Good News! CISPA Dies In The Senate
Open Internet supporters and advocates for consumer privacy have, once again, eked out a narrow victory against those who would turn the Internet into the exclusive domain of government and corporate interest. Despite what appeared to be growing support for the odious legislation, The Cyber Intelligence Sharing and Protection Act has apparently died in committee in the US Senate.
The bill, which ostensibly sought to update the 1947 National Security Act to deal with so-called ‘cyber terrorism’, sailed to passage last week in the House of Representatives by a disturbingly large margin. However, though controversy over CISPA never reached the level of the fight over SOPA and PIPA, privacy advocates were consistently critical of CISPA’s lack of protection for consumers’ private data, as well as the way it defined certain forms of copyright infringement as terrorism. President Barack Obama even issued a preemptive threat to veto the legislation unless privacy concerns were addressed.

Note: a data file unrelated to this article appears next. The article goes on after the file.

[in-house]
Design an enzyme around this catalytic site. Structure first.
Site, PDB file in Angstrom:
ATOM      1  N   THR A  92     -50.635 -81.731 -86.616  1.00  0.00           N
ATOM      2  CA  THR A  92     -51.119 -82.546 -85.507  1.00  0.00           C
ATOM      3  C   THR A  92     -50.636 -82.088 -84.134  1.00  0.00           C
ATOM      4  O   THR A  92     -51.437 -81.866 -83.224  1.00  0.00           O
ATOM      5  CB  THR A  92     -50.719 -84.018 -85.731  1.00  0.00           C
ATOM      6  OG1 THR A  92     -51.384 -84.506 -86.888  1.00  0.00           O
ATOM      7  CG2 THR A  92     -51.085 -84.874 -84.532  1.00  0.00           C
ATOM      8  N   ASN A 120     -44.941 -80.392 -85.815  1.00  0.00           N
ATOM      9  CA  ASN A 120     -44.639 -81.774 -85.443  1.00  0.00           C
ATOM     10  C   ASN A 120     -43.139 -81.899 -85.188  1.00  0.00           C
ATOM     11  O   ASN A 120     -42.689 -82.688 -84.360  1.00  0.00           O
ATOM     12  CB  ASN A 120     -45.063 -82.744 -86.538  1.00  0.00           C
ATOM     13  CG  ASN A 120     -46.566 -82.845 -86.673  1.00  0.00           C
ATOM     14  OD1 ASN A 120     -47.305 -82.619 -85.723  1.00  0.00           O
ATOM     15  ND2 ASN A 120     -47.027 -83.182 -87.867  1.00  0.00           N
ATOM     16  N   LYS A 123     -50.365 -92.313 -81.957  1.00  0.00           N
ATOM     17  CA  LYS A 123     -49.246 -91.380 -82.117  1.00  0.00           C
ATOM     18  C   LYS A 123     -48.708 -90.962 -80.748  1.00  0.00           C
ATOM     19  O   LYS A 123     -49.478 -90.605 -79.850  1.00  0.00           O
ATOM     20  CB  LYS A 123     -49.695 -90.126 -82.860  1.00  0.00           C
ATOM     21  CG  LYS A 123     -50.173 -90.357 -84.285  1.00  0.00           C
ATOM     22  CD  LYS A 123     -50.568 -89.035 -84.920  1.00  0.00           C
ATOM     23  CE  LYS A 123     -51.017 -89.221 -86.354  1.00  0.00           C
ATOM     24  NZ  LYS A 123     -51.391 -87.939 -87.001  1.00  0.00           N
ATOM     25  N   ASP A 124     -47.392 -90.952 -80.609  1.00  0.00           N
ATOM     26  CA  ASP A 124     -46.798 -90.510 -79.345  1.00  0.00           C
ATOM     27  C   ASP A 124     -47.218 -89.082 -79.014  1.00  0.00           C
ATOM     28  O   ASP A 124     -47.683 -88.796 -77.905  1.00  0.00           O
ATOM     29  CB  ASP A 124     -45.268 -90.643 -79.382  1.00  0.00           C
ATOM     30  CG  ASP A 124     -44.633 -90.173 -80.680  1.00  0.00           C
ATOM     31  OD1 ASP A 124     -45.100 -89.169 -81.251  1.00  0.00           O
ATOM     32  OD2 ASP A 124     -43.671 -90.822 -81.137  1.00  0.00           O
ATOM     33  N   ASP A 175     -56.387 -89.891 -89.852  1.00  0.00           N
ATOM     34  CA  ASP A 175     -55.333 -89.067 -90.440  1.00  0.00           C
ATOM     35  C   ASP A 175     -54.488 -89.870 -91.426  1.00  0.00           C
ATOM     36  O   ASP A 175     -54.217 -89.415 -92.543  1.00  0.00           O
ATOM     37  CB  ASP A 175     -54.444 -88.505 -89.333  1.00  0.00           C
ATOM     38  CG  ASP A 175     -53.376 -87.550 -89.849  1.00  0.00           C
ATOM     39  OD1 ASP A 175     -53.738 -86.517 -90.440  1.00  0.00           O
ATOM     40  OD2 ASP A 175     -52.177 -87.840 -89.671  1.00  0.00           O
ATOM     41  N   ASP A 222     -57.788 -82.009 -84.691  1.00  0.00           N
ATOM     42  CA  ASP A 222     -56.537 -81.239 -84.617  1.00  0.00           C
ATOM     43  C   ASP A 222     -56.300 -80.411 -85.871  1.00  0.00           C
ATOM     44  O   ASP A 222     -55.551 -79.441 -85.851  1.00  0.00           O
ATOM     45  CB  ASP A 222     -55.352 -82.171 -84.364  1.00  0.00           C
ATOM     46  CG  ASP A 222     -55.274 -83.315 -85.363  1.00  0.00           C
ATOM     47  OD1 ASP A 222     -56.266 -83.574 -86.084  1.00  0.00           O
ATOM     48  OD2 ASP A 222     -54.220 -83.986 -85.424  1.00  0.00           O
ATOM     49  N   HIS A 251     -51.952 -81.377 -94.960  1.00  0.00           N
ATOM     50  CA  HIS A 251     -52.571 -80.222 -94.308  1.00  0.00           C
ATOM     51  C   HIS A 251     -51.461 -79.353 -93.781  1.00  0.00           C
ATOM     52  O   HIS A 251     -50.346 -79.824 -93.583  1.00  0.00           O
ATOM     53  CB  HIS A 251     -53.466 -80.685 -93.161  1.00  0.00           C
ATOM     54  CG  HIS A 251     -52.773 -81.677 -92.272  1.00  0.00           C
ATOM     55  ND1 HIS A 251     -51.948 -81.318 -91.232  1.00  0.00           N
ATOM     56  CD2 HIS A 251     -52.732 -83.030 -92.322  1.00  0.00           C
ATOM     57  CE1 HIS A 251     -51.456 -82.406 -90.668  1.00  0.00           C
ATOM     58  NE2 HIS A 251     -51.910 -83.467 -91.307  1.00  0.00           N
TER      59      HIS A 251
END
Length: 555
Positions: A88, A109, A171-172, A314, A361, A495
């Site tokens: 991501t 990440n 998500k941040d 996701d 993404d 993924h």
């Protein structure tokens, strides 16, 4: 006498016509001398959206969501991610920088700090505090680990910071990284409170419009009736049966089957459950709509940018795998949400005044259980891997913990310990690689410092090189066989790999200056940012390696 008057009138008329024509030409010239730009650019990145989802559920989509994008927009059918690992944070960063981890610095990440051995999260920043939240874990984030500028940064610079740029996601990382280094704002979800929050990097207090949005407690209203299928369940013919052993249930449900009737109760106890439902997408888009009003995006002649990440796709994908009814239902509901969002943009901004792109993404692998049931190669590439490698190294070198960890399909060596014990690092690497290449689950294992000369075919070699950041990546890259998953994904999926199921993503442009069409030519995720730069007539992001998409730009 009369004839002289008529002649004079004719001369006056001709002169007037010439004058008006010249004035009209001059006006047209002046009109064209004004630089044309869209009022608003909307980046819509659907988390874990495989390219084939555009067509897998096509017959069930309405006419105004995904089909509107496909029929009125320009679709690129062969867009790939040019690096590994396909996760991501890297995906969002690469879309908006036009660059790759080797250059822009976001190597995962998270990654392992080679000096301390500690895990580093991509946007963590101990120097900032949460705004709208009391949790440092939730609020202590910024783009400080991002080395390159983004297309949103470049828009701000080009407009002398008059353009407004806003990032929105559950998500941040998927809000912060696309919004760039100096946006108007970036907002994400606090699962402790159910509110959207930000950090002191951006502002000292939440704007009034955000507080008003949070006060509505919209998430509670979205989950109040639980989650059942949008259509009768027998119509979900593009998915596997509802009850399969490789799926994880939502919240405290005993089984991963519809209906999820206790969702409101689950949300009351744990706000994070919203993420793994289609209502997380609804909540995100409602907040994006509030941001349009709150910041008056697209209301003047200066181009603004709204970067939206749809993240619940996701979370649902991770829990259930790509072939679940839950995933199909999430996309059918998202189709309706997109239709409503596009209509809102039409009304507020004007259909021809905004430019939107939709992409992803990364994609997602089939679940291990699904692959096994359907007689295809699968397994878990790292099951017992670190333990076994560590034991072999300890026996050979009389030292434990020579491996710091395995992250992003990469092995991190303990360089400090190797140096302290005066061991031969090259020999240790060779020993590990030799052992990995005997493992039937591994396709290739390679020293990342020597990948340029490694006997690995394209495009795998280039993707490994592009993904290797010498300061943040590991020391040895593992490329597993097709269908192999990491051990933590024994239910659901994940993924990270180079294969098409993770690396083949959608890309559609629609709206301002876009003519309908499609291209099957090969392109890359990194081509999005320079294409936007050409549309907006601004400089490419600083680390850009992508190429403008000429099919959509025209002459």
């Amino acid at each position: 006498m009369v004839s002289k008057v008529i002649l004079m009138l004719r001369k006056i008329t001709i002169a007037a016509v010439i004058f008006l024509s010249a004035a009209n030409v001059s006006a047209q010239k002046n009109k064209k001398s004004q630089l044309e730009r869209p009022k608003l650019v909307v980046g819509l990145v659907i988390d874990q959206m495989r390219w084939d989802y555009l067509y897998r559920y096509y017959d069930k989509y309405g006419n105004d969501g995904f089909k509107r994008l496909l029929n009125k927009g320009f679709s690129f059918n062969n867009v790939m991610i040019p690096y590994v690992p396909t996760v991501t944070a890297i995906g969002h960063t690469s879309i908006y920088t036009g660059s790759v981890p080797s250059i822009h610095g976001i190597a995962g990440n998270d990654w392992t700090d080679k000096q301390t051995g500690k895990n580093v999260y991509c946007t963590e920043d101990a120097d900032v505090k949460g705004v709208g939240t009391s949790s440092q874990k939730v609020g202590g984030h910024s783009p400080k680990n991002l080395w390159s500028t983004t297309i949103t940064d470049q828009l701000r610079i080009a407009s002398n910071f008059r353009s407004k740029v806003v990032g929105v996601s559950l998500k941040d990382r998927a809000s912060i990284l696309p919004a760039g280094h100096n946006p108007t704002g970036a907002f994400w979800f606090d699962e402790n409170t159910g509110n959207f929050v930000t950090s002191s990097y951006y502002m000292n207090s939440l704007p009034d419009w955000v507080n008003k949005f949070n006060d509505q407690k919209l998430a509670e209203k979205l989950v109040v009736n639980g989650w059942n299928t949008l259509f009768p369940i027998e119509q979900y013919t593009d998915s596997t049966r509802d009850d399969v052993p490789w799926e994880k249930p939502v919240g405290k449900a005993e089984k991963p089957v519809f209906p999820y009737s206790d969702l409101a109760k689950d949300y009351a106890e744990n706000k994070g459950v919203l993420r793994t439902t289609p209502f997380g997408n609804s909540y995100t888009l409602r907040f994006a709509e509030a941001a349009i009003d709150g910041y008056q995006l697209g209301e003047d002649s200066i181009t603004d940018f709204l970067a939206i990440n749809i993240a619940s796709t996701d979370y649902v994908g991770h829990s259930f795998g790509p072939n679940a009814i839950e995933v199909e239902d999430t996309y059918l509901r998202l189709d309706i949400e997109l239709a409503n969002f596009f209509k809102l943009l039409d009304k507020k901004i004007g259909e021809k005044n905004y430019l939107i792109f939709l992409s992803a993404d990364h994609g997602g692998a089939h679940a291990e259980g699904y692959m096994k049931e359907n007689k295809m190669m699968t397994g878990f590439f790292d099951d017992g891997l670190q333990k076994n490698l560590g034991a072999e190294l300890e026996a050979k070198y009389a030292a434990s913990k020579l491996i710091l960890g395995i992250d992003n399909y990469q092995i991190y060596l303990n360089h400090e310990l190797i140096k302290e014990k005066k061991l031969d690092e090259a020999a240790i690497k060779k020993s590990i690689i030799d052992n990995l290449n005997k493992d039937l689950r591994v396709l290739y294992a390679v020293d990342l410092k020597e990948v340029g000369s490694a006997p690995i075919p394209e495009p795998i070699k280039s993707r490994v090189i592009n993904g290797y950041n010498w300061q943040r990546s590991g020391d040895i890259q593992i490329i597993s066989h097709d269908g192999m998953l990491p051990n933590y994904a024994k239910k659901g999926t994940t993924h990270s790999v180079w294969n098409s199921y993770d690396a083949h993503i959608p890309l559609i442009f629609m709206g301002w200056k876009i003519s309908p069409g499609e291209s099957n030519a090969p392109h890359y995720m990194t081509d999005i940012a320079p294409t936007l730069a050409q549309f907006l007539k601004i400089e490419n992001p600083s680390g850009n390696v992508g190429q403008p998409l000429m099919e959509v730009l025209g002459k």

In the end, the Senate Committee on Commerce, Science and Transportation agreed with the bill’s critics, with committee member Jay Rockefeller called the bill’s regard for consumer privacy “insufficient”. The committee will instead explore separate legislation to address cybersecurity issues, virtually guaranteeing that it will be many months before anything new is proposed.
Naturally, it’s a safe bet that around this time next year we will, once again, be battling back yet another attempt to gut the Internet. But for now, it’s enough to know that we keep winning.